Updated: May 1
Join three tiny guardians of the wild and learn all about the natural world in this heart-warming middle grade adventure. Ages 9+.
"Every child can play, given half a chance, but the full-grown mortals hardly ever do. Perhaps speaking the Wild Argot is the same thing - they forget how when they grow up."
In this impressive middle-grade debut from award-winning nature writer, Melissa Harrison, we are introduced to the Hidden folk: gnome-like guardians of nature. Moss, Burnet and Cumulus are tiny, but ancient beings whose purpose is to watch over the natural groves and spaces out in the wild. The three friends live in an ancient hollowed-out Ash tree at the bottom of a garden. They spend their days caring for of the plants and animals that live in and around the tree, while avoiding any contact with the mortals who live near by. Mortals do not see the Hidden Folk because they do not look closely enough at nature and they do not speak the Wild Argot - the language of wild things. They have bred tame animals, who do not speak it either and the Hidden Folk speculate if that is because humans have a desire, deep down, to still have animal friends.
One day, Cumulus, the oldest, notices that one of his hands is becoming invisible - something that he has never heard of happening in all his long life. Then their beautiful old Ash tree is destroyed in a storm, forcing the three friends on a journey into the wild to seek out their cousins and find some answers about what is happening to Cumulus. However, the journey takes them further than they would ever have imagined, across the countryside and into the city, as they begin to worry that they might be the last of the Hidden Folk.
I love a book that takes me into nature and brings me closer to the lives of the creatures that inhabit the planet with us. While I was reading this book, I had that wonderful sense of warmth and comfort that I got from the first time I read 'The Wind in the Willows'. It is such a warm and joyful read, full of amazing descriptions of plants and animals and a depiction of friendship between three sweet, funny and likeable characters. The ingenuity of the tiny people has echoes of The Borrowers, as they find clever ways to use things left behind by humans. The legends of tiny, human-like creatures living near humans is deeply entrenched in all strands of British folk lore, and many of these stories and myths are mentioned in the book.
Melissa Harrison taught me so much while reading this book and managed to do it in such a natural way that the story still flowed. Plants and animals are all referred to by their proper names and we learn about the impact that humans have had on them, ever since we settled from being hunter gatherers and began farming the land. The Hidden Folks' journey takes them from the countryside in to the city, where we learn about the amazing adaptability of British flora and fauna. Did you know that the urban pigeon is one of the best fliers in the avian kingdom, capable of the twists and turns in mid-air that keep it safe in the fast-paced and unpredicatable environment of the city? Or that the plane tree, so iconic in London, is excellent at trapping pollution and helping to clean the air? I lost count of the amazing facts that I read throughout this gorgeous book. I loved how it explored nature in both the country and urban environments, so that all children will be able to relate to the settings and creatures we find in them.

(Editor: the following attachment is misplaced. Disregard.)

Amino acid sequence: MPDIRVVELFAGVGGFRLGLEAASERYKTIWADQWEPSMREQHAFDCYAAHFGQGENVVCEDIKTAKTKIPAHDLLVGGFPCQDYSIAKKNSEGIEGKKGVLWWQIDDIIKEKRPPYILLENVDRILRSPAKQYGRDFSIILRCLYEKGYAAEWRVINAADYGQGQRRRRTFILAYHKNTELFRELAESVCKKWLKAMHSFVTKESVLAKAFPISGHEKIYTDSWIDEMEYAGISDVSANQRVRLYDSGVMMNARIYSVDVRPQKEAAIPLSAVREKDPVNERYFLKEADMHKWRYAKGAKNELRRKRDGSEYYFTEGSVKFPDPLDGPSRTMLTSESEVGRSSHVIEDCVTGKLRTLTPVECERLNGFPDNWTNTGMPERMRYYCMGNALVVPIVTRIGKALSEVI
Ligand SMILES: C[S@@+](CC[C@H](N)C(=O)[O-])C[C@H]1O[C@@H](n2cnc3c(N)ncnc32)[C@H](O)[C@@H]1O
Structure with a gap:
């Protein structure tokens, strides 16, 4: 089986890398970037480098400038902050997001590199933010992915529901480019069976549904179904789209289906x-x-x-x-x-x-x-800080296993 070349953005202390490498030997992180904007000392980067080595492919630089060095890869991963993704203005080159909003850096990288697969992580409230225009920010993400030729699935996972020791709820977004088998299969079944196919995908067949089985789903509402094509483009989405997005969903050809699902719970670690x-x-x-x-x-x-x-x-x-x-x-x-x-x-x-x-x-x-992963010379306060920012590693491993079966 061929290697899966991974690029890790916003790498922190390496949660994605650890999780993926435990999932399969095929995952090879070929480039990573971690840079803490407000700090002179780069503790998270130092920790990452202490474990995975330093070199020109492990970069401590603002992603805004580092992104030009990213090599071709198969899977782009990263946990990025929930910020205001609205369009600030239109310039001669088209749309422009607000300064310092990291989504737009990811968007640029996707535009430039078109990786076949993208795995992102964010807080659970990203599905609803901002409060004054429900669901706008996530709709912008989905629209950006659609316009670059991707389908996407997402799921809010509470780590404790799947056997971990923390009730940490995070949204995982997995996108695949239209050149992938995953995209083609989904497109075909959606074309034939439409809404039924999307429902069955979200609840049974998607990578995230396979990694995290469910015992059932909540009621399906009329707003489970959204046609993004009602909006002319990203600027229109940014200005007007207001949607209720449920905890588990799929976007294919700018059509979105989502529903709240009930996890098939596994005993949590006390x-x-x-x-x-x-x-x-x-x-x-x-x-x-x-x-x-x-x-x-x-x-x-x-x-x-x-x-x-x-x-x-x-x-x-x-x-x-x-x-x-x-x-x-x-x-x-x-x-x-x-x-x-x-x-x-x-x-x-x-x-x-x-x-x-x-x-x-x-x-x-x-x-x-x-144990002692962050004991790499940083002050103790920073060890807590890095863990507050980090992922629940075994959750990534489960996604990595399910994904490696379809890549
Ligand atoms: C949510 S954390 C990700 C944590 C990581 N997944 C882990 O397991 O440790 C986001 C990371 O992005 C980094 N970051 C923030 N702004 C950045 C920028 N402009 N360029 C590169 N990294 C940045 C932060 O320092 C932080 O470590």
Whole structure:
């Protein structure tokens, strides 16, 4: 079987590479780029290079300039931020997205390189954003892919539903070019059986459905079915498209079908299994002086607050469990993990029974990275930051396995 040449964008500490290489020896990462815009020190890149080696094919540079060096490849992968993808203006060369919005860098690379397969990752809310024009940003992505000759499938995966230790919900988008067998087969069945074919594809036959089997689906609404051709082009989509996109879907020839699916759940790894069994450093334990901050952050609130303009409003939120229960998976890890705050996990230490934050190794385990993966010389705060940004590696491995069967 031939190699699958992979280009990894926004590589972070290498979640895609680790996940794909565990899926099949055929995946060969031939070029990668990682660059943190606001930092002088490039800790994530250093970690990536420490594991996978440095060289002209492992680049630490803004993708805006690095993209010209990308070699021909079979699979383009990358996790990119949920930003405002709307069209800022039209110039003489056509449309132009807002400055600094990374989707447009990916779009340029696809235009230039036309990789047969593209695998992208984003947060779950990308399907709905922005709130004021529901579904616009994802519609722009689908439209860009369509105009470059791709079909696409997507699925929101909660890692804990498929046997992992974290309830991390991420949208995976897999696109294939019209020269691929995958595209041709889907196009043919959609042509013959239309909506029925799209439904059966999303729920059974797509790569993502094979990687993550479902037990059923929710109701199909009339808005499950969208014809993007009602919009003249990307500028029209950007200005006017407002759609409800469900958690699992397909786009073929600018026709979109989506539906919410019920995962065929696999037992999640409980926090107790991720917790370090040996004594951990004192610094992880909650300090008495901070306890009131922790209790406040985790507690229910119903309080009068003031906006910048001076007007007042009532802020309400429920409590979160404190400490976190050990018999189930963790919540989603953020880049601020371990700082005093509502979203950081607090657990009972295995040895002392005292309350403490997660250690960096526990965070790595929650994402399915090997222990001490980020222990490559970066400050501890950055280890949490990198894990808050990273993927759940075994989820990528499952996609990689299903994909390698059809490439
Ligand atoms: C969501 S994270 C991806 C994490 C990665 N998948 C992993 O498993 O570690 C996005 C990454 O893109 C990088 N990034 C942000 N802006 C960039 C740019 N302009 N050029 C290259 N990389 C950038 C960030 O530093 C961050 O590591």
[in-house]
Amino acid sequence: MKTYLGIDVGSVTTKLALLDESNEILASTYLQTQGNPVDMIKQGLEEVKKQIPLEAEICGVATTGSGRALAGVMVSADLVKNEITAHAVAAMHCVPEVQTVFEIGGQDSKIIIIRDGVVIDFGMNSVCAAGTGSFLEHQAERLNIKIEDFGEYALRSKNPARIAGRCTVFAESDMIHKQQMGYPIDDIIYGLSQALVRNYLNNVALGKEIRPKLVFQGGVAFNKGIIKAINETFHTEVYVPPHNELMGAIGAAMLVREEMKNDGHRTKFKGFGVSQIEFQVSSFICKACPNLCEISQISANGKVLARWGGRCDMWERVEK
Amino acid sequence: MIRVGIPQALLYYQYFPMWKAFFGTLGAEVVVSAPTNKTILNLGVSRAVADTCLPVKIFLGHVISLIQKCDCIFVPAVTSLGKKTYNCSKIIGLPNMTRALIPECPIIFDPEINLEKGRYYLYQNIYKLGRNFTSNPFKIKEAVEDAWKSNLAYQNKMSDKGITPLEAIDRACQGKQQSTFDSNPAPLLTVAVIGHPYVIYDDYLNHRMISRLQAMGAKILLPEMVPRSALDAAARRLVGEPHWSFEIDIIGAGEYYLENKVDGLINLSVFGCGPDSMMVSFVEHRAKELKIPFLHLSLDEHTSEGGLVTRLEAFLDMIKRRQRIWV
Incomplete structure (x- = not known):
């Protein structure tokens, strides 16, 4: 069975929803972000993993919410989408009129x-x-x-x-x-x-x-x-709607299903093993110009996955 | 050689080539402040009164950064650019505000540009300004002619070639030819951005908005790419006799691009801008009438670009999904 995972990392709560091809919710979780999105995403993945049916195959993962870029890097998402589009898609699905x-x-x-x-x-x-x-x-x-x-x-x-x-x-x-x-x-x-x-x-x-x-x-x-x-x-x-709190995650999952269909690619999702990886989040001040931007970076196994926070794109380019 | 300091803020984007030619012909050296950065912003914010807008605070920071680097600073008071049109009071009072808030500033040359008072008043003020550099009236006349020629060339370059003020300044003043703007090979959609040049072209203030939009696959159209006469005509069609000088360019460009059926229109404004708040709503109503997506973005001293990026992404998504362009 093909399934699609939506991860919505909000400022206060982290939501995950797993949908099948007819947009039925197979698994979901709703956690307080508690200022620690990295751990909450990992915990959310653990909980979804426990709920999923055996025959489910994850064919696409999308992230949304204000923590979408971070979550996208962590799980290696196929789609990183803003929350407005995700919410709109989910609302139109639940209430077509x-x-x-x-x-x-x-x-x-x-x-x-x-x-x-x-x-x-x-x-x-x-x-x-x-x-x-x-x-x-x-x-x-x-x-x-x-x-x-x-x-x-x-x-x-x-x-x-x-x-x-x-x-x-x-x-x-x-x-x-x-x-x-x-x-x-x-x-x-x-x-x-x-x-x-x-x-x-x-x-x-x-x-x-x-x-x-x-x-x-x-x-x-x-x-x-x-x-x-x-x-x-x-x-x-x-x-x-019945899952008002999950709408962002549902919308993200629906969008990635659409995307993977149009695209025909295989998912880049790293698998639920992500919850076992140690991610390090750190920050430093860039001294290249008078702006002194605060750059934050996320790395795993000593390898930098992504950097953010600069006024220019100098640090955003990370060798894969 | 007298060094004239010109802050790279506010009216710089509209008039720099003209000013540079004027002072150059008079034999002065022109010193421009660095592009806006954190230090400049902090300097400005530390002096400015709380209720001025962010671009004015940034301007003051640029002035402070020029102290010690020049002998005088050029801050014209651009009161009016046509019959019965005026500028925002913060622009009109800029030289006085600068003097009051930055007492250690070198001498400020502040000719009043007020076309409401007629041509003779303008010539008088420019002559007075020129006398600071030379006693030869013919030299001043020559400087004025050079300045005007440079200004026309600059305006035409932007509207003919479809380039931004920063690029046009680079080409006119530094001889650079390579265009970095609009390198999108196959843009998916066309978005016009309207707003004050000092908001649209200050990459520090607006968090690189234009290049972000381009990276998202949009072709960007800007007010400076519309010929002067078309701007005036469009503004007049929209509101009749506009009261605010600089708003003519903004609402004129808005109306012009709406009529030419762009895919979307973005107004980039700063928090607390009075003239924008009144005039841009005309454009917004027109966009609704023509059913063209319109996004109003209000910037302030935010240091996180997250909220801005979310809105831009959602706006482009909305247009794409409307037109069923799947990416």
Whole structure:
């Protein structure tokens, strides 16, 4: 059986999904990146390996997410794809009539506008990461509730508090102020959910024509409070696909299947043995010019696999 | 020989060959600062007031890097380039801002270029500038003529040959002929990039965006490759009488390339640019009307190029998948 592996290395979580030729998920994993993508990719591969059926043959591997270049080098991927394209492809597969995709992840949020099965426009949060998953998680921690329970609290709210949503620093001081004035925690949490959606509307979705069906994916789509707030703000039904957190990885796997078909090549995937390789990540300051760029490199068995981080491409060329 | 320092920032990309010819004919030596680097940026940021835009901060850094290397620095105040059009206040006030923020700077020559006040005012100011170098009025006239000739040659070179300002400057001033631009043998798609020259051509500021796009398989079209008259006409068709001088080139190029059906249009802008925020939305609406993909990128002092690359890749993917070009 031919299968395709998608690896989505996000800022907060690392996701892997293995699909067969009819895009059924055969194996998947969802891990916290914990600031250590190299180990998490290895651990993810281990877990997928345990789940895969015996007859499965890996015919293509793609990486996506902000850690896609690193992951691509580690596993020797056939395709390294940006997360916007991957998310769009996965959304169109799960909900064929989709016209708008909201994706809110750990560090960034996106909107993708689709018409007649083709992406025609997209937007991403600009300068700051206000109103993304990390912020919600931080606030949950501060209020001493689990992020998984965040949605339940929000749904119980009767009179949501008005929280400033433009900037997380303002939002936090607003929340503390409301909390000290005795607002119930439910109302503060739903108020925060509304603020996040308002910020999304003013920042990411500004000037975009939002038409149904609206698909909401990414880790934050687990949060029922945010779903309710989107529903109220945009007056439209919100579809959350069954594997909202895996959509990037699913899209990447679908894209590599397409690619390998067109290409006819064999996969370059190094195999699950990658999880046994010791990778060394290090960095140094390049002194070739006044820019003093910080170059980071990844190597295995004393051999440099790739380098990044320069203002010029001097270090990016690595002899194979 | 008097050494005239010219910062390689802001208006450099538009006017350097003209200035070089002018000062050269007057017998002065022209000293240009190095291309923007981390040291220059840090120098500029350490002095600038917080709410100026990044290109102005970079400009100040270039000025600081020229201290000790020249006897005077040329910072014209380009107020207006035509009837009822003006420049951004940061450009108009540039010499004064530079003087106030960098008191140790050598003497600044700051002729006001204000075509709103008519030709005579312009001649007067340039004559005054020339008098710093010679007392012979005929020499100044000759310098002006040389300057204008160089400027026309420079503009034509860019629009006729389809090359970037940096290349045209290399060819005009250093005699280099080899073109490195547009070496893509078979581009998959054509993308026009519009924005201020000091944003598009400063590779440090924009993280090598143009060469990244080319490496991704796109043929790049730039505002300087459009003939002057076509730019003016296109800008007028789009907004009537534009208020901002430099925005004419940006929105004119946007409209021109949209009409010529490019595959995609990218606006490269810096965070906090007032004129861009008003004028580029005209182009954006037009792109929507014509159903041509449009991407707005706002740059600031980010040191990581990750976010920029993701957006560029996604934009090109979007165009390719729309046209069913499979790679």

This is a story about friendship, as much as it is about nature. The Hidden Folks' relationships have their ups and downs, much like our own, and each of them is prone to the feelings that we recognise: anxiety, anger and sadness. Yet, Melissa Harrison uses these moments to teach us about why friends might behave in such a way or why we might feel certain emotions.
'By Ash, Oak and Thorn' is sure to delight readers of all ages. While it is aimed at ages 9+, I think it would make a great read aloud or shared read with children from the age of 7+. The main characters didn't read like strictly middle grade characters to me and I think there is a lot to learn from the story that would be great for younger readers as well. The main message is that humans seem to have forgotten that we are animals too and as much a part of nature as the animals and plants around us, which we should take care of before it is too late. It is a gorgeous blend of fairy tale, natural history and adventure. Readers will, hopefully, have a desire to seek out nature wherever they are, to keep their eyes open for the plants and animals that are all around us and, perhaps, if they look hard enough, spot some Hidden Folk as well!
Thanks to Chicken House Books for sending me an advanced reader copy in exchange for my honest review. 'By Ash, Oak and Thorn' by Melissa Harrison is published on the 5th of May 2021.
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